Bigeye thresher shark

(Alopias superciliosus)



Measuring up to 4.9 m in length,weighing 364 kg (size of the largest specimen so far fished,captured in New Zealand in February 1981 ): most of the specimens,however,remain below 4 m in length,for a weight of 160 kg.The body appears fusiform and very hydrodynamic,with a rather stocky and bulbous muzzle in which there is a mouth with small teeth with a single cusp.The teeth are arranged in rows of 19-24 in the maxilla and 20-24 in the mandible.The eyes are very large (up to 10 cm in diameter) and are slightly taller than wide: the eye socket extends below the eye,allowing the animal to look up rather than down.Above the eyes passes a furrow that also passes over the gill arches,giving the impression to the observer that the head is crossed by a large scar.Between the eyes and the brain there is a wonderful networkof blood vessels that allows the animal a very fast exchange of blood and heat.This feature is an adaptation to the lifestyle of the animal,which leads him to rise and fall daily in the water column,above and below the thermocline : the wonderful network allows him not to be negatively affected at eye level (fundamental for the search of food) of the continuous pressure swings and especially of temperature (even between 15-16 ° C between the deep and the superficial waters).Like all alopidae,also in the fox octopus shark there is the characteristic caudal finextremely long heterocerca (almost half of the total length of the animal),which in this species,however,appears less thin and filiform.The pectoral fins are sickle-shaped but have a rounded tip,similar to the Alopias pelagicus : the first dorsal fin is placed quite far behind the congeners (almost at the level of the pelvic fins ) and there is the partially free base in rear position.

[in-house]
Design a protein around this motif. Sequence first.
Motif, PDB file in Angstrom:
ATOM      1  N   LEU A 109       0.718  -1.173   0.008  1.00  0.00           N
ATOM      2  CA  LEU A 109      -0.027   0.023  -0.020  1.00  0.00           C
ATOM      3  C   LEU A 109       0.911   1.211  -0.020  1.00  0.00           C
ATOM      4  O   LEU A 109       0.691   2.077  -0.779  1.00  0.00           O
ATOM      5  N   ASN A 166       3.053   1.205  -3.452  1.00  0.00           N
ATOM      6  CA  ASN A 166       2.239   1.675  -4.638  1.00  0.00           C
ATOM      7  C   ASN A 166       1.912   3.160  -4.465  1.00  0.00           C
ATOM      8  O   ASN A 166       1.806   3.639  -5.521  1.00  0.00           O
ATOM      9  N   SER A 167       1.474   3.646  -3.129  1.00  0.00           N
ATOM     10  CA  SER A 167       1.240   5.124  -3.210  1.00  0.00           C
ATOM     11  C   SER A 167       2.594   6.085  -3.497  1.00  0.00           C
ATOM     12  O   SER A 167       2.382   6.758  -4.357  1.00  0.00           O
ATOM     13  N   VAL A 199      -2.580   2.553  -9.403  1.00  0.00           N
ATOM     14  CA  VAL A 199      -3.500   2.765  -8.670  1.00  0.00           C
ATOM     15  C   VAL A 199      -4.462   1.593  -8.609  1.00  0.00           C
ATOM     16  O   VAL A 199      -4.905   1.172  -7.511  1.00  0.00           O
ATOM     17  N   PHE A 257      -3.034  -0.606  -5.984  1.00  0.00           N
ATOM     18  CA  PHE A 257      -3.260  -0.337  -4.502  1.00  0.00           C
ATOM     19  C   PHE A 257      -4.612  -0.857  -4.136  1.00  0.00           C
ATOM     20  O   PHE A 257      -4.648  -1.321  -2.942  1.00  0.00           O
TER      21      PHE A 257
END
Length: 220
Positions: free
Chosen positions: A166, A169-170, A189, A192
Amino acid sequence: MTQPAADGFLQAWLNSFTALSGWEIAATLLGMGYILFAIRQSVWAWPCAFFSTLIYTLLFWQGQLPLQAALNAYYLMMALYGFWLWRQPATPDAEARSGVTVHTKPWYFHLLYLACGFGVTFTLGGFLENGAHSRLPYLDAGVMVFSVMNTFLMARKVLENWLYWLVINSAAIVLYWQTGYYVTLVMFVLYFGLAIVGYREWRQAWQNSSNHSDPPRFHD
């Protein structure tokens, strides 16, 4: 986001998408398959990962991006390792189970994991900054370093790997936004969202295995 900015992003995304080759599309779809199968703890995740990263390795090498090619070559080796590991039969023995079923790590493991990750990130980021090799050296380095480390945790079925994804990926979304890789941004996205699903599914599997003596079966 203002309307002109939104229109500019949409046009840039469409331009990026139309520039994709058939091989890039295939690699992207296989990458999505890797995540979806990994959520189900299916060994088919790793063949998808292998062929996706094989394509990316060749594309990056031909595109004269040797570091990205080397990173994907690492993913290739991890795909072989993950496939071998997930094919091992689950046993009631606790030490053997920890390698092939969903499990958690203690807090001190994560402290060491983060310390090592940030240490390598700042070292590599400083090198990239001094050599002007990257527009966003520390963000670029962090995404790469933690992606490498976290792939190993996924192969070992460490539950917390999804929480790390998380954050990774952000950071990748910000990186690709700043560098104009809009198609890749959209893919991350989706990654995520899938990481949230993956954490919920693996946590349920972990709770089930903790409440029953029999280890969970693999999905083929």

Taxonomic tree:

Kingdom: Animalia
Class: Elasmobranchii
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